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Author Topic: Chicken questions  (Read 1689 times)
Hethen57
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« on: February 10, 2010, 12:31:38 PM »

Seems like we have a bunch of Beeks who are also into chickens...I want to join you  grin

I have a couple of questions and would be interested in your thoughts:

1. How do your chickens mix with the bees?  Do I need to fence off my hives from the chickens, or will they just clean up the dead ones and coexist?

2. We are planning on getting about 10-12 layers, do I need a rooster?...or should I have one to keep the girls in line?  When we had a flock in the past, it seemed like the rooster attacked everyone who went to feed and collect eggs and the girls were skittish....my kids littorally had to put on armor to feed...now they are teens so they won't be afraid, but I don't want it to be a hassle.  On the other hand, I like the idea of them following around a rooster who will protect them and keep them from fighting with each other.  When we didn't have a rooster, I noticed the girls were friendlier, but they often picked on the weaker hens.

3.  Finally, is there any problem mixing breeds of similar size and type, ie. 4 reds, 4 leghorns, and 4 Aracaunas?

Thanks.
-Mike
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-Mike
danno
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« Reply #1 on: February 10, 2010, 02:07:01 PM »

chickens and bee get along great.  No need for any fencing.   Last year i had 75 free range layers and 30 hives.   They just ignored each other.  No need for a roaster but they can be fun to watch.  They just need to understand the pecking order.  This includes chicken and people.   Sometimes that takes one good kick.  I have never had trouble with my biggest roasters.  It the ones that are alittle lower in the chain of command that seem to get testy.  Personally I like all hens and no roasters.   Mixing and matching doesn't matter either.  The last few batches I have had and will always stick with are the hubbard Isa browns.   They eat less,  lay more and the eggs are sooooooo big.
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JP
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« Reply #2 on: February 10, 2010, 02:15:21 PM »

Danno pretty much covered all the bases. I have seven layers, no rooster. 2 Buff orpingtons, 2 silver laced wyandottes, 3 Easter eggers.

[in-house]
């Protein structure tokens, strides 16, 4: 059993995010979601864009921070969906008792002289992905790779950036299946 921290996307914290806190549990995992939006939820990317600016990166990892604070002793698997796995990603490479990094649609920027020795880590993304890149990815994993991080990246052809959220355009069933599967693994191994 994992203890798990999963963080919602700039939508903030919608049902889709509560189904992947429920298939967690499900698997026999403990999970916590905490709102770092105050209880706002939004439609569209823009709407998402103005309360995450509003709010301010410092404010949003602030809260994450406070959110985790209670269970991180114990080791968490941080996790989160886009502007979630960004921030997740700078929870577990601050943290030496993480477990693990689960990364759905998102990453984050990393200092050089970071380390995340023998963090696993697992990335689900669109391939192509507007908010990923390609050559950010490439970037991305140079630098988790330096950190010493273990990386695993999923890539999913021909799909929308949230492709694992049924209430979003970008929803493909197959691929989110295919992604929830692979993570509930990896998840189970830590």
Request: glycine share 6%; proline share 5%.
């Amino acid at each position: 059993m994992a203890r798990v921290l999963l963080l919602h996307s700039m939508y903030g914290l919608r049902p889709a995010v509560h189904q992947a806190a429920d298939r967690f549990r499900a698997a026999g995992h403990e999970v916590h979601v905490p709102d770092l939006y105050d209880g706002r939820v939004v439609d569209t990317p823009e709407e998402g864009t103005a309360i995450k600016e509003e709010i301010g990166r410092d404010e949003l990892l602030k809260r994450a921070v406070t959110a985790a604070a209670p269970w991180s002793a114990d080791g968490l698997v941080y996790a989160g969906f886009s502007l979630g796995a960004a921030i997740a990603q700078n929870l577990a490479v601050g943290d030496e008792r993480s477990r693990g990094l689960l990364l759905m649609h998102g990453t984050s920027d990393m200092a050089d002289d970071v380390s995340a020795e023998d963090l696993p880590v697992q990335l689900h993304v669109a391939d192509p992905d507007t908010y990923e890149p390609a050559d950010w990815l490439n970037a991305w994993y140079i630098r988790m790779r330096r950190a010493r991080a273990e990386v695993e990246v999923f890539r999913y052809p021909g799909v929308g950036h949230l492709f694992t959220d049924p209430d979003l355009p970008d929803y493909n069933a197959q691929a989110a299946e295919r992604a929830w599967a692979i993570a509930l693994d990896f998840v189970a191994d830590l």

The chickens don't eat the bees, at least mine don't and the bees can care less they are around them. I throw scratch out right in front of the hives, the chickens peck away while the bees go to and fro. Everyone is happy.


...JP
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danno
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« Reply #3 on: February 10, 2010, 02:26:24 PM »

Buff orpingtons are another bird that I have had and really liked
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Hethen57
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« Reply #4 on: February 10, 2010, 02:35:14 PM »

Very cool...thanks for the input....that helps a ton!  I'm glad to hear that the chickens won't harm the bees...that will allow me to move my bees back about 10 feet into the chicken area where they will get more winter sun.  Now I need to get to work constructing the hen house.
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-Mike
Portia
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« Reply #5 on: February 14, 2010, 07:33:53 PM »

Another couple of very hardy and docile heavy breeds that I would recommend are speckled sussex and black australorp.  Even the roosters of this breed are quite friendly, at least the one's I've had.  I have also found salmon favorelle to be a good breed.  In my flock there are also silver laced wyandotte (females are elusive, males are feisty & have had to be rehomed), barred rocks (females are always at the top of the hierarchy, have not dealt with purebred males), welsummers (flighty but hardy), leghorns (very flighty birds) and araucana (not the hardiest and don't lay much in the winter).  For the exception of the auraucana's all the above breeds are good year-round layers that do very well in a true free range living situation.   
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lakeman
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« Reply #6 on: February 14, 2010, 08:08:45 PM »

Do you belong to this chicken forum?

http://www.backyardchickens.com/forum/index.php